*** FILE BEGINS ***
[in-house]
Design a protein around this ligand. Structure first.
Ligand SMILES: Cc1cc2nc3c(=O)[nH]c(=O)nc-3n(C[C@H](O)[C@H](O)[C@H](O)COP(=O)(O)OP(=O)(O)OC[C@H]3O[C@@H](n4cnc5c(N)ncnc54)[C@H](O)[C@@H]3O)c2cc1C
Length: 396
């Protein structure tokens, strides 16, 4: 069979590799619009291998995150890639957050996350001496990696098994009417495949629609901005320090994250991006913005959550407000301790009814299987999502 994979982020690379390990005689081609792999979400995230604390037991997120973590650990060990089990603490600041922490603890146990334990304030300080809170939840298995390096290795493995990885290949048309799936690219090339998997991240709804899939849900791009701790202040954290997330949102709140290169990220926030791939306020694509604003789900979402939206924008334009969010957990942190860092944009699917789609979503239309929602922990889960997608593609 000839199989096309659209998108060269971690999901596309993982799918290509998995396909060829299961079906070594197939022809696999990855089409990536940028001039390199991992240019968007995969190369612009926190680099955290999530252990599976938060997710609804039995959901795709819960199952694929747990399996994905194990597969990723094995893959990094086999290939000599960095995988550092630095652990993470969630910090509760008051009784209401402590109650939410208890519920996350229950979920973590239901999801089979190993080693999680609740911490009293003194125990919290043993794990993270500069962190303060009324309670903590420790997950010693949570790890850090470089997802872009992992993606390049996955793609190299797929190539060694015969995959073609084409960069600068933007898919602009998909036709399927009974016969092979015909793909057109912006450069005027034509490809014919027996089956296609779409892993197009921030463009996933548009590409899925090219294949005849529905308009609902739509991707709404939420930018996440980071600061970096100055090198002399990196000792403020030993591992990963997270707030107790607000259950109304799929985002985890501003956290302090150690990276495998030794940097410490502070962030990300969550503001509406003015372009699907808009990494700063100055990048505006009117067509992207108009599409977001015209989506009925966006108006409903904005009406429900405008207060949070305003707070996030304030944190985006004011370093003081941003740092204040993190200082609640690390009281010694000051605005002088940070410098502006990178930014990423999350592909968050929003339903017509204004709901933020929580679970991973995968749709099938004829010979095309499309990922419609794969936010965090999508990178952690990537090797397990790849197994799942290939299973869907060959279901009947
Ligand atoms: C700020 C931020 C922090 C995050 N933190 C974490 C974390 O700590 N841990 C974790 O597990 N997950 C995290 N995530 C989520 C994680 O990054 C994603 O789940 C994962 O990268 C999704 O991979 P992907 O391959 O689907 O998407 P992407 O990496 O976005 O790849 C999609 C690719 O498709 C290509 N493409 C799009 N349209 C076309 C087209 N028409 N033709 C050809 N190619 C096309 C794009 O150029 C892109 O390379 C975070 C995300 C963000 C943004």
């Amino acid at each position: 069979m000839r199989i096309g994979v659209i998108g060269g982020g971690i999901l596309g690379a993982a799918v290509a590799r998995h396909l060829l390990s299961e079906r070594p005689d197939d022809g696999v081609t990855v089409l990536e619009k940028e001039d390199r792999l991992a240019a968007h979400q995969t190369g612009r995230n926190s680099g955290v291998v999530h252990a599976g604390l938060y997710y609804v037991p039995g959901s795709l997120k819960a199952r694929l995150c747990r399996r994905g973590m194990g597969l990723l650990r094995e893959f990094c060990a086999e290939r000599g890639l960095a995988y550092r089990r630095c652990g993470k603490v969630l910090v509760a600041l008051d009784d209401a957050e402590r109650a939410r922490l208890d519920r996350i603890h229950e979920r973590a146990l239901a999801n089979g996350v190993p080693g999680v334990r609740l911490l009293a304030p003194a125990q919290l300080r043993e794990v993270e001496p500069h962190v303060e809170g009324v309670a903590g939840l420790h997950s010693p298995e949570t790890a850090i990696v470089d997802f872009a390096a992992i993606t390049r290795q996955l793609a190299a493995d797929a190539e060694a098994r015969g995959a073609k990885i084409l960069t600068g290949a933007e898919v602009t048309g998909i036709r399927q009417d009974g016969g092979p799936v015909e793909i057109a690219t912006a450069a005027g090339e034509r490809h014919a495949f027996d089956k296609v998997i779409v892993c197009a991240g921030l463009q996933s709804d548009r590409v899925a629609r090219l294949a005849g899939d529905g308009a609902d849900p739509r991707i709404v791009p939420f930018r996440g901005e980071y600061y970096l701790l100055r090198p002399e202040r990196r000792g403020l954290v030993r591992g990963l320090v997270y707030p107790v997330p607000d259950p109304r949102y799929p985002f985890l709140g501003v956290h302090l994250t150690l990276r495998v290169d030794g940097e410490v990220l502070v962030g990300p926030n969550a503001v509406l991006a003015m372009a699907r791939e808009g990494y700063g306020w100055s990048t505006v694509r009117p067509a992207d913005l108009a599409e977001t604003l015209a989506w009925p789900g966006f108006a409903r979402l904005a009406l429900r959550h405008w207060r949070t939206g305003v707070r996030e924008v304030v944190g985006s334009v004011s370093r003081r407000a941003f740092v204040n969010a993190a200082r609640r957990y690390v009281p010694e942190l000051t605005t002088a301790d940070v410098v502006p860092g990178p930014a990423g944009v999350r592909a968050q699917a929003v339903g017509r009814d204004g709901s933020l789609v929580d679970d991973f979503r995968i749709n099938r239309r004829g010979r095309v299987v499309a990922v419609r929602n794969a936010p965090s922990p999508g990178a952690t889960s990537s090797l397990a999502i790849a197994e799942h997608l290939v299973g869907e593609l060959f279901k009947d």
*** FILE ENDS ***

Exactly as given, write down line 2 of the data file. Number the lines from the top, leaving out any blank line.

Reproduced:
Design a protein around this ligand. Structure first.